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Author Topic: UK Trip Suggestions  (Read 12039 times)
rgs
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« on: December 09, 2011, 07:14:31 PM »
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I'm planning a trip to  the UK in July, 2012. I'll have about 5 or 6 days in and around London followed by about a week in Scotland mostly on Mull and Skye. I'm looking for experienced suggestions, especially between Mull and Skye. I am told Skye is spectacular but most of my time will be on Mull. I'll be on foot or bus or bicycle most of the time. The primary impetus for this trip is music study but I want to make a lot of photographs also. I'm open to all suggestions. Thanks!

Richard
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Chairman Bill
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« Reply #1 on: December 10, 2011, 01:21:35 AM »
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Skye will be cloudy & wet. And in July, full of the infamous Scottish midgie, an insect so ferocious it can make grown men cry & drive Commandos & Special Forces soldiers in search of a pub. Take a head-net & wetproofs.

The mountains are spectacular, and if you climb, you're in for a treat. I would certainly advise a visit to Elgol, the Trotternish Ridge & the Quiraing, Storr (the Old Man and surrounding area is a must-see), and if you are happy in the mountains,  climb the Cuillin & down into Loch Coruisk.
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Rhossydd
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« Reply #2 on: December 10, 2011, 04:25:06 AM »
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I'll be on foot or bus or bicycle most of the time.
Probably an advantage in London, but once you get away from the capital that will dramatically slow you down and limit your options.
As Bill says, the weather can be pretty terrible in the western isles, even in the height of summer, so if there's any way you can hire a car rather than rely on rural public transport* you're likely to have a far better trip for photography. Distances can also be quite large and many locations are away from the rural bus routes, often up big hills too.
Sure, touring by foot, cycle and bus can be a good way of leisurely seeing the country, but when time is limited you'll also restrict your photographic options a lot. There's not much to be said for waiting an hour for good light, only to have to rush away to get the only return bus of the day before you've got the shot.


*Google the timetables and you'll see that rural UK bus services can be few and far between.
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Wim van Velzen
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« Reply #3 on: December 10, 2011, 08:12:36 AM »
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If you are visiting Mull, I would be certain to make daytrips to the Treshish Isles and Staffa (through turusmara daytrips). iona of course is worth a visit too. Skye might be even more spectacular, but the vulcanic - geological and historal past of Mull is very interesting too.

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DickKenny
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« Reply #4 on: December 10, 2011, 10:36:36 AM »
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Whilst in London. you might be interested in visiting the restaurant at the top of the OXO Tower on the South Bank. They have a balcony from which there is a magnificent view of St Paul's across the river and the City towers beyond. Its a great scene during the daytime, and particularly stunning at night.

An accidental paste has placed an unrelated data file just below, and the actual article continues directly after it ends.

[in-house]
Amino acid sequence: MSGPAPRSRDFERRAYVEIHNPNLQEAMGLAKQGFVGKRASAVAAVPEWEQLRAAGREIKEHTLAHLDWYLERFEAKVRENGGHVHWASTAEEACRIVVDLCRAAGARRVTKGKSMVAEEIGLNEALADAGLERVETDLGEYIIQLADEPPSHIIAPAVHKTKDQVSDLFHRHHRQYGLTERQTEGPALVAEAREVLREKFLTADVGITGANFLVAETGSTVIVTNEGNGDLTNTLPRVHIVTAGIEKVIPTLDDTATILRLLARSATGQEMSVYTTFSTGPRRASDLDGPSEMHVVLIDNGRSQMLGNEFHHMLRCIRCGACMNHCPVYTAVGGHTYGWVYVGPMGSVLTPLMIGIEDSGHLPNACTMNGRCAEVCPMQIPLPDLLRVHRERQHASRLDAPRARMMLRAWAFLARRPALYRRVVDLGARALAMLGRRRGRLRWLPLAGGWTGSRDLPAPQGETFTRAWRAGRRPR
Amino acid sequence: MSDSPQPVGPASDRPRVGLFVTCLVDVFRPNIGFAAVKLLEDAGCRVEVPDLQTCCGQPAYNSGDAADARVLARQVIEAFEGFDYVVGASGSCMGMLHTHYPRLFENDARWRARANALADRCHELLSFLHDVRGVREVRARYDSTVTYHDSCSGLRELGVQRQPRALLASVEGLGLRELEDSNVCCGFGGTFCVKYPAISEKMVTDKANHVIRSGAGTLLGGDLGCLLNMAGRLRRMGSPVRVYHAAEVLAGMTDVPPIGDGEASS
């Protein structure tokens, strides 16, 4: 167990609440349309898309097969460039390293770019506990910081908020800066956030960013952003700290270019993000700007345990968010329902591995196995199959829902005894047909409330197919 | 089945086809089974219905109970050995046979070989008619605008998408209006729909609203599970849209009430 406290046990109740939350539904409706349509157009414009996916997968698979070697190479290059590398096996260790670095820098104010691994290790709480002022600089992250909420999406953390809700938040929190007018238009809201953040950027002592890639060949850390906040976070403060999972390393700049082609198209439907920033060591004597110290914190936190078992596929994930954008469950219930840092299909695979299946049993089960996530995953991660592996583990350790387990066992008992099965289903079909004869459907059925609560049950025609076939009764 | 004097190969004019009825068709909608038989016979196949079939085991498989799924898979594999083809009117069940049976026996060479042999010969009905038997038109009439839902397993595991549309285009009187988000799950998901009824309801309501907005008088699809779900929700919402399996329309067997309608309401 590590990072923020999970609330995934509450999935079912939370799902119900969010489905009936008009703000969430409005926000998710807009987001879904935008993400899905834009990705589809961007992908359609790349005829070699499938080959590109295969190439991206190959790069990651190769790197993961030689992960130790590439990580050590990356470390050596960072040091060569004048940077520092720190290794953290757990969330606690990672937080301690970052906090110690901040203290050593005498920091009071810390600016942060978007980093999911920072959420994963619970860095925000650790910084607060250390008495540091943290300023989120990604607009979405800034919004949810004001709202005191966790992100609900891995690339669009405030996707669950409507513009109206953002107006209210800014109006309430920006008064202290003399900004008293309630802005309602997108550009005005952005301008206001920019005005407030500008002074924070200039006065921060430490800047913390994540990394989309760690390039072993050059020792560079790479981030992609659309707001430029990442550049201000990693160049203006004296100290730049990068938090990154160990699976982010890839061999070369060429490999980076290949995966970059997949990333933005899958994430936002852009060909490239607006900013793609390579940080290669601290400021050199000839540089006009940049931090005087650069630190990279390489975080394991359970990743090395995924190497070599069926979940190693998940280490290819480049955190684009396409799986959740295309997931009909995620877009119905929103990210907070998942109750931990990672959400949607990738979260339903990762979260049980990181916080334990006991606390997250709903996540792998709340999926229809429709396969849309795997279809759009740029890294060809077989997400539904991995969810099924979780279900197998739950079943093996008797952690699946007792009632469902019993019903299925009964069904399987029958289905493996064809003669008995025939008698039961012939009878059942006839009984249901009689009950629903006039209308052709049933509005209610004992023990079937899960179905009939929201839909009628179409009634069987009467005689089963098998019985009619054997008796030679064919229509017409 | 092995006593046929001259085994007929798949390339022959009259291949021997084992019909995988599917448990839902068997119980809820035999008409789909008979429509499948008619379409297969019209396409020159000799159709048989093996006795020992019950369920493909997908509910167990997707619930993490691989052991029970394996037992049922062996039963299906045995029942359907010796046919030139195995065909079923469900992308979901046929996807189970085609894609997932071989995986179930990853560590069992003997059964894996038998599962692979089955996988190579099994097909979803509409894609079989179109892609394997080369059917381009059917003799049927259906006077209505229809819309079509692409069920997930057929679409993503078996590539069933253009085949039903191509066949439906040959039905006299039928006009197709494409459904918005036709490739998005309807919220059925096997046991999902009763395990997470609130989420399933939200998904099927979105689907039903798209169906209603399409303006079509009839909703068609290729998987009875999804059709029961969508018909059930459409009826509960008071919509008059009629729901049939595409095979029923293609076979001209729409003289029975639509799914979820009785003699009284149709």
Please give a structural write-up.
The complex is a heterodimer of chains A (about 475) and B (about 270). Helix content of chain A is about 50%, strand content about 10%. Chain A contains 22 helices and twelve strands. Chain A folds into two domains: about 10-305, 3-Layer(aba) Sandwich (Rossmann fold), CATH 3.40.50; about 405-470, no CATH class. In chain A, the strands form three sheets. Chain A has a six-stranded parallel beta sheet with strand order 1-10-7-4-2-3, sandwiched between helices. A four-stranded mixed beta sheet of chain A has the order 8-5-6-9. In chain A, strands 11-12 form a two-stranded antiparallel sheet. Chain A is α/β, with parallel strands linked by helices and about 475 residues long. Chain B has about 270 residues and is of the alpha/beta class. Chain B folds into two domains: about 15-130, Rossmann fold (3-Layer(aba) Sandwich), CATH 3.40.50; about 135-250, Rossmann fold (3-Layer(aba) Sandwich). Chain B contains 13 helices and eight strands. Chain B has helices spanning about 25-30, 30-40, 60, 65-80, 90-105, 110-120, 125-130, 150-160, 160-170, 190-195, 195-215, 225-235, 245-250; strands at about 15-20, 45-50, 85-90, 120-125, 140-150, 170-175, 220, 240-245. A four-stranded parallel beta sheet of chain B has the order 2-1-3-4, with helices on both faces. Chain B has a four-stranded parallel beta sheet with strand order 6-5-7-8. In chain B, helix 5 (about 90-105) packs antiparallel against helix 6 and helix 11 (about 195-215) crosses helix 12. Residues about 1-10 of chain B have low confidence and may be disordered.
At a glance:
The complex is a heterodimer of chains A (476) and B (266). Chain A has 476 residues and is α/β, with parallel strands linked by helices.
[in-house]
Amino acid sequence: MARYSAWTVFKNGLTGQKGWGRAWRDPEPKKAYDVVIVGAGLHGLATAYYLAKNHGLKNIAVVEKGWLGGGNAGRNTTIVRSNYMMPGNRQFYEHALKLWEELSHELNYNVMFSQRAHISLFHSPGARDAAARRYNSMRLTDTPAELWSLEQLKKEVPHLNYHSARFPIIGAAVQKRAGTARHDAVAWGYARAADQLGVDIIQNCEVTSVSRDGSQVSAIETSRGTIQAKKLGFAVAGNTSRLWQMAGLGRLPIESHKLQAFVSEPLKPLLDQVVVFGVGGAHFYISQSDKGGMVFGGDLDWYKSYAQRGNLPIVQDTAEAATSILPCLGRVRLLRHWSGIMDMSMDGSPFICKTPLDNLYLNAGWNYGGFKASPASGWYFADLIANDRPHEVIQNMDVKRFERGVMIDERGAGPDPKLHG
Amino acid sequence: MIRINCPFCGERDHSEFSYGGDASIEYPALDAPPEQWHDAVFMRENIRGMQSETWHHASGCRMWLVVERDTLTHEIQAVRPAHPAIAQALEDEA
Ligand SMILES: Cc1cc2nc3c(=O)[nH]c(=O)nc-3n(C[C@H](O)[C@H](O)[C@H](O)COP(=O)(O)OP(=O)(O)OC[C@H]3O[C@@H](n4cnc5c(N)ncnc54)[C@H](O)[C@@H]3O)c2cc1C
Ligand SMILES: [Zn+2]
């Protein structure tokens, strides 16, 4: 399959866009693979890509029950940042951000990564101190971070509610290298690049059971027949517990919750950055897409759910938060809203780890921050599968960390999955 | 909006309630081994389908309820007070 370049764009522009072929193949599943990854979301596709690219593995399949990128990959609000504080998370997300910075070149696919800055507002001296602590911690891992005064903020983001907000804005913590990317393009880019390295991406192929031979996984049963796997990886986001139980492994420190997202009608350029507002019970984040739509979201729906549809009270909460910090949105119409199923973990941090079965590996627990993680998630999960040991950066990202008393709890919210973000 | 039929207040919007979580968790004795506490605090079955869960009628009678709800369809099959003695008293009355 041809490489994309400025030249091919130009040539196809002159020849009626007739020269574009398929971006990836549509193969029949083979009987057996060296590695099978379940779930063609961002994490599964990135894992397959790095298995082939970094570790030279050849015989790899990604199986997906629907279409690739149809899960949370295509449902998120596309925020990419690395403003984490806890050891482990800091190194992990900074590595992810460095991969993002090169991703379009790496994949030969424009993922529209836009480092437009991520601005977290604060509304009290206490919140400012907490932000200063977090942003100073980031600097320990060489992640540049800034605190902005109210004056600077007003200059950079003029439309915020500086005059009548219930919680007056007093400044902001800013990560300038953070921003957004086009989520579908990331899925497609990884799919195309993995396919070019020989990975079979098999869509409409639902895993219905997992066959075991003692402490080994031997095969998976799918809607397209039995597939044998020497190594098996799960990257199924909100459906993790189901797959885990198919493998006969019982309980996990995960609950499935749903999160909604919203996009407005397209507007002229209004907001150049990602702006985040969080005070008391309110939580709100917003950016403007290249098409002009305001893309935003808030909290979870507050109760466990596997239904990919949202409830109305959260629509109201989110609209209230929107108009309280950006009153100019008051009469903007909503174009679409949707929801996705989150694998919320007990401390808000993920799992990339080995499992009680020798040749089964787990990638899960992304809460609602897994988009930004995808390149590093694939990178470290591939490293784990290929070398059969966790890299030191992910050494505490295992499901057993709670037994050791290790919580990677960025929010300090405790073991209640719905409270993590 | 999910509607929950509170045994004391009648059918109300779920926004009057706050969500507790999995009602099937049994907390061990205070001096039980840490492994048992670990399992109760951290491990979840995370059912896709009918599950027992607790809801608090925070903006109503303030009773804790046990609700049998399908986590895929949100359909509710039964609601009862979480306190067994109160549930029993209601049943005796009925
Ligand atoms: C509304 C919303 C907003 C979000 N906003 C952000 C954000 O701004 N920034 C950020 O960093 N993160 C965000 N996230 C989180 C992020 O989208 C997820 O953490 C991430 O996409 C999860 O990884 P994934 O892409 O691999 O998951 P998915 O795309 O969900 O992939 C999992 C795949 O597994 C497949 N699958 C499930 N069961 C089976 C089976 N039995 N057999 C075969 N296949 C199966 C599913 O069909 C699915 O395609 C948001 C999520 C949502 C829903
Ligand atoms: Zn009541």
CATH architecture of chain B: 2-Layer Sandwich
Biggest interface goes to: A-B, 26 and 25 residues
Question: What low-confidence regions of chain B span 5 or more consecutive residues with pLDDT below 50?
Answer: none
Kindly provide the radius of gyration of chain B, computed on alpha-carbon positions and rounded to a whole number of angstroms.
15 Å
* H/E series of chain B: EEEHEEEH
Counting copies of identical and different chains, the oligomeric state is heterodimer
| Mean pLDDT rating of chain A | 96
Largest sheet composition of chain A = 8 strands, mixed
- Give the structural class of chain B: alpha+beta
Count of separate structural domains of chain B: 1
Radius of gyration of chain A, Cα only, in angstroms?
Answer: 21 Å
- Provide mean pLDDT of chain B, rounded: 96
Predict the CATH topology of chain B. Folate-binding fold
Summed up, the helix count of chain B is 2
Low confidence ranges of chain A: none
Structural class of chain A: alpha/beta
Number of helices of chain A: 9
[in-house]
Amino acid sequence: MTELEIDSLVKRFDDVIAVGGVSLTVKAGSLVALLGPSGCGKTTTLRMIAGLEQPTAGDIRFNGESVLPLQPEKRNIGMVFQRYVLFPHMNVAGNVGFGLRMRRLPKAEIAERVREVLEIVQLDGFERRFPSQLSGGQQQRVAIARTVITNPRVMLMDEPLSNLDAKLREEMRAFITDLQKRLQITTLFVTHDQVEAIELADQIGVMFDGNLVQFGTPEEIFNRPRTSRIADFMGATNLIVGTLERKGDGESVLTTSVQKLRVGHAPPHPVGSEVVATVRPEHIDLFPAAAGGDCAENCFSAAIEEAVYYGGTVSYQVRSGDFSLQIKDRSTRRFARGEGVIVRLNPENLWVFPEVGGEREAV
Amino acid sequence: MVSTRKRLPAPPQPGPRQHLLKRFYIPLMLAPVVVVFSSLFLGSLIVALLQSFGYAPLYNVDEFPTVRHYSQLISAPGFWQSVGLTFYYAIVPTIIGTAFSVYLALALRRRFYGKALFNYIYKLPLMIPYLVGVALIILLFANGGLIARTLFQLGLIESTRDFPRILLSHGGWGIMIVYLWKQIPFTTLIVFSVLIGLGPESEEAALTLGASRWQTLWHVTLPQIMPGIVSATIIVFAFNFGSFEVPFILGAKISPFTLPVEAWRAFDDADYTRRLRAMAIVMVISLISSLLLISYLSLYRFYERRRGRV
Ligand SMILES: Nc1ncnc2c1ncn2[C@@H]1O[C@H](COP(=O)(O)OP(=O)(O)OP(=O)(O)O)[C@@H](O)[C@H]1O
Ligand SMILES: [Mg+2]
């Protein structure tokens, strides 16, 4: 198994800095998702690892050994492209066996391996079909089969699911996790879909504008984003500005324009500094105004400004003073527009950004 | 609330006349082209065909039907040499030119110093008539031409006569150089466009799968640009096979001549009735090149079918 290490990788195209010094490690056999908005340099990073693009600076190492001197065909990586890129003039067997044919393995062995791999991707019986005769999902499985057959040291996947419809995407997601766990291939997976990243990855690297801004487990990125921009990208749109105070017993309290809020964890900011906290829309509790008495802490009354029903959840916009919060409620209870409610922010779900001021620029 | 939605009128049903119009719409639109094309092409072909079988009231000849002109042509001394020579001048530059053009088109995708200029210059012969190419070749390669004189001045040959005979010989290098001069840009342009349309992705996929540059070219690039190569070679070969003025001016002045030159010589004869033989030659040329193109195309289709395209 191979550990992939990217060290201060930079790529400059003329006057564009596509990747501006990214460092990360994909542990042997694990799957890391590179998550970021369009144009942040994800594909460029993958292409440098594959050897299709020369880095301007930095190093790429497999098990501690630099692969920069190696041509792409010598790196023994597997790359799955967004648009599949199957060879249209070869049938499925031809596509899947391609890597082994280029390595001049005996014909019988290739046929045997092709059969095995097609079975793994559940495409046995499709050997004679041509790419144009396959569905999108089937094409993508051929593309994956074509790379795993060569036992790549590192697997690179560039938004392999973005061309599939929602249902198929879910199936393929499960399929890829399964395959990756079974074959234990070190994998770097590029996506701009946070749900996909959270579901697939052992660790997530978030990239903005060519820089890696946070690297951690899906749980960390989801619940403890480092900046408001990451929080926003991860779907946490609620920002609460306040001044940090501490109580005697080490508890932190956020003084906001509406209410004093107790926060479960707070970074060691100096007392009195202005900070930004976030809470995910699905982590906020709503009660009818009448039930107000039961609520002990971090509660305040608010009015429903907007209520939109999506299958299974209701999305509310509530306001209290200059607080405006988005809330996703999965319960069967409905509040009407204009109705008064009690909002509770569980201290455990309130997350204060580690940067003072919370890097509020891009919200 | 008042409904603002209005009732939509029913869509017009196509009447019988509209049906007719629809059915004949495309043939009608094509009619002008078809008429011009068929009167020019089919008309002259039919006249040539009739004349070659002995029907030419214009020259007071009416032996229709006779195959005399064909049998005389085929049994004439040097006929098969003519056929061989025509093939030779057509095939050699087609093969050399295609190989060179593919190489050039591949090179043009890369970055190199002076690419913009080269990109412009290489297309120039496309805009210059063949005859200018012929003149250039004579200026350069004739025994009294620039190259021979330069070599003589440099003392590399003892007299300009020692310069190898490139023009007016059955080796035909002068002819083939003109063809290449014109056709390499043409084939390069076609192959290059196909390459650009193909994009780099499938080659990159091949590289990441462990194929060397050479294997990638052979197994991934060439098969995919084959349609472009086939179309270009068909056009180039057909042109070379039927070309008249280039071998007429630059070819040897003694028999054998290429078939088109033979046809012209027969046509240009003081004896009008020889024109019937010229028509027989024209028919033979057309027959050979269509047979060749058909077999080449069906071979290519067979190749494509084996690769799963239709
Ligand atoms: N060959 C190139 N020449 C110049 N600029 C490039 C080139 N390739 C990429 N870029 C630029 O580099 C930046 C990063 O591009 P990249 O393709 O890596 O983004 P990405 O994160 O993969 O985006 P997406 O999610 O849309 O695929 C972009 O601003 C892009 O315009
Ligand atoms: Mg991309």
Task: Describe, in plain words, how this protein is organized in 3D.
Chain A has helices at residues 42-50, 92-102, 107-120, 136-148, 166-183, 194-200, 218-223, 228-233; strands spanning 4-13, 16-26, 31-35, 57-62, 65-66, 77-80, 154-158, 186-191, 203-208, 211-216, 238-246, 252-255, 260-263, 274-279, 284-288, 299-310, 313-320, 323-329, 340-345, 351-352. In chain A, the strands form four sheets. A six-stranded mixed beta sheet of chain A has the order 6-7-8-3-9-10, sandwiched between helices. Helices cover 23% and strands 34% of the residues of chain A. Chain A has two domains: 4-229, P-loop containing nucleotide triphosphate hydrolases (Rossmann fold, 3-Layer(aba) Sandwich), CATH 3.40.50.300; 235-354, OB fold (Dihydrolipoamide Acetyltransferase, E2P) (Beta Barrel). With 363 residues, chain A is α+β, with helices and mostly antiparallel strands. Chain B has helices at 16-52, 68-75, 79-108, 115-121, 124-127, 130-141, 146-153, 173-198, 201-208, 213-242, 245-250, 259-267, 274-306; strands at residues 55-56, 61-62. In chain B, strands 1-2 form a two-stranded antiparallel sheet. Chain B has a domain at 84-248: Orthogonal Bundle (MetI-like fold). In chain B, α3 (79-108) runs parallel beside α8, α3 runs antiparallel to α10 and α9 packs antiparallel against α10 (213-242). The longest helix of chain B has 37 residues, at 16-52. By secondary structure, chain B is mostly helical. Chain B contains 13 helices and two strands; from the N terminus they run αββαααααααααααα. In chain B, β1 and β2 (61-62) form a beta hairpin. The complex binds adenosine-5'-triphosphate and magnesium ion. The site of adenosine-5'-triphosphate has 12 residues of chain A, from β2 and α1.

And last time I was there the staff had no problem with me setting up tripod etc., outside on the balcony at 10 in the evening.
« Last Edit: December 10, 2011, 10:53:07 AM by DickKenny » Logged
john beardsworth
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« Reply #5 on: December 10, 2011, 01:14:45 PM »
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If you are visiting Mull, I would be certain to make daytrips to the Treshish Isles and Staffa
That's a good suggestion.

Also, don't underestimate the time it takes to travel in this part of Scotland, even if you rent a car (which is a very good idea).
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IanP
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« Reply #6 on: December 17, 2011, 08:26:42 AM »
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...."climb the Cuillin & down into Loch Coruisk".

Only if you are very experienced, they not be high but the weather changes rapidly in the Cuilin hills and to cross over the main ridge and descend into loch Coruisk can be a major undertaking.  You can access the loch as well either by boat trip or the walk up Glen Sligachan and over a much smaller rise.

Ian.
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Chairman Bill
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« Reply #7 on: December 17, 2011, 10:08:35 AM »
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...."climb the Cuillin & down into Loch Coruisk".

Only if you are very experienced, they not be high but the weather changes rapidly in the Cuilin hills and to cross over the main ridge and descend into loch Coruisk can be a major undertaking.  You can access the loch as well either by boat trip or the walk up Glen Sligachan and over a much smaller rise.

Ian.

Which is why I prefaced the suggestion with a "If you climb ..."
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michaelmph
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« Reply #8 on: January 16, 2012, 12:28:43 PM »
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One thing to be aware of is that the 2012 Olympic Games will be held in London with the opening ceremony on 29 July. Maybe you'll be in Scotland by then, but I can assure you that London will be teaming with tourists and athletes well before the games actually start. Many (most?) native Londoner like me will be well out of here before the games start. London in the summer tourist season is heaving at the best of times, with packed public transport/ streets / shops/ theatres etc but 2012 will be something else. The only plus is that the Olympic Village and Park are in the very eastern part of the capital in a newley redeveloped part of the old docklands, so that may mitigate some of the crush. Still, there are lots of places to see outside London, though the British Tourist Authority will be launching a huge advertising campaign encouraging visitors to visit the rest of the country. You may feel in need of a holiday after London and Scotland will be a welcome respite at the end of your trip. Good luck.